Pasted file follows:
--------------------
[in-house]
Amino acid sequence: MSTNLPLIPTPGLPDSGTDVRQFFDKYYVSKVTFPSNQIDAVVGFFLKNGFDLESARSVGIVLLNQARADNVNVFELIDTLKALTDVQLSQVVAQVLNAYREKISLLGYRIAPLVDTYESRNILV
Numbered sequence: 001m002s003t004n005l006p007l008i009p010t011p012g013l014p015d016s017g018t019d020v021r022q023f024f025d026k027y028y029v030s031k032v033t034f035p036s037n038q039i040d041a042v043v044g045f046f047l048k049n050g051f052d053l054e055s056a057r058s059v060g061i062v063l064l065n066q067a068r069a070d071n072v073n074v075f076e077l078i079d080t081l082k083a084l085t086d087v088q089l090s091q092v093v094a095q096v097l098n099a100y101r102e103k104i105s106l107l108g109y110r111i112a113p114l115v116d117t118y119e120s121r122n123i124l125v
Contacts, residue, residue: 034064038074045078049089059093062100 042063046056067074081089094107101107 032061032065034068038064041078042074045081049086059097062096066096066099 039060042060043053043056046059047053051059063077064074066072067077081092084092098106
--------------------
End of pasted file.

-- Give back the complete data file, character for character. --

[in-house]
Amino acid sequence: MSTNLPLIPTPGLPDSGTDVRQFFDKYYVSKVTFPSNQIDAVVGFFLKNGFDLESARSVGIVLLNQARADNVNVFELIDTLKALTDVQLSQVVAQVLNAYREKISLLGYRIAPLVDTYESRNILV
Numbered sequence: 001m002s003t004n005l006p007l008i009p010t011p012g013l014p015d016s017g018t019d020v021r022q023f024f025d026k027y028y029v030s031k032v033t034f035p036s037n038q039i040d041a042v043v044g045f046f047l048k049n050g051f052d053l054e055s056a057r058s059v060g061i062v063l064l065n066q067a068r069a070d071n072v073n074v075f076e077l078i079d080t081l082k083a084l085t086d087v088q089l090s091q092v093v094a095q096v097l098n099a100y101r102e103k104i105s106l107l108g109y110r111i112a113p114l115v116d117t118y119e120s121r122n123i124l125v
Contacts, residue, residue: 034064038074045078049089059093062100 042063046056067074081089094107101107 032061032065034068038064041078042074045081049086059097062096066096066099 039060042060043053043056046059047053051059063077064074066072067077081092084092098106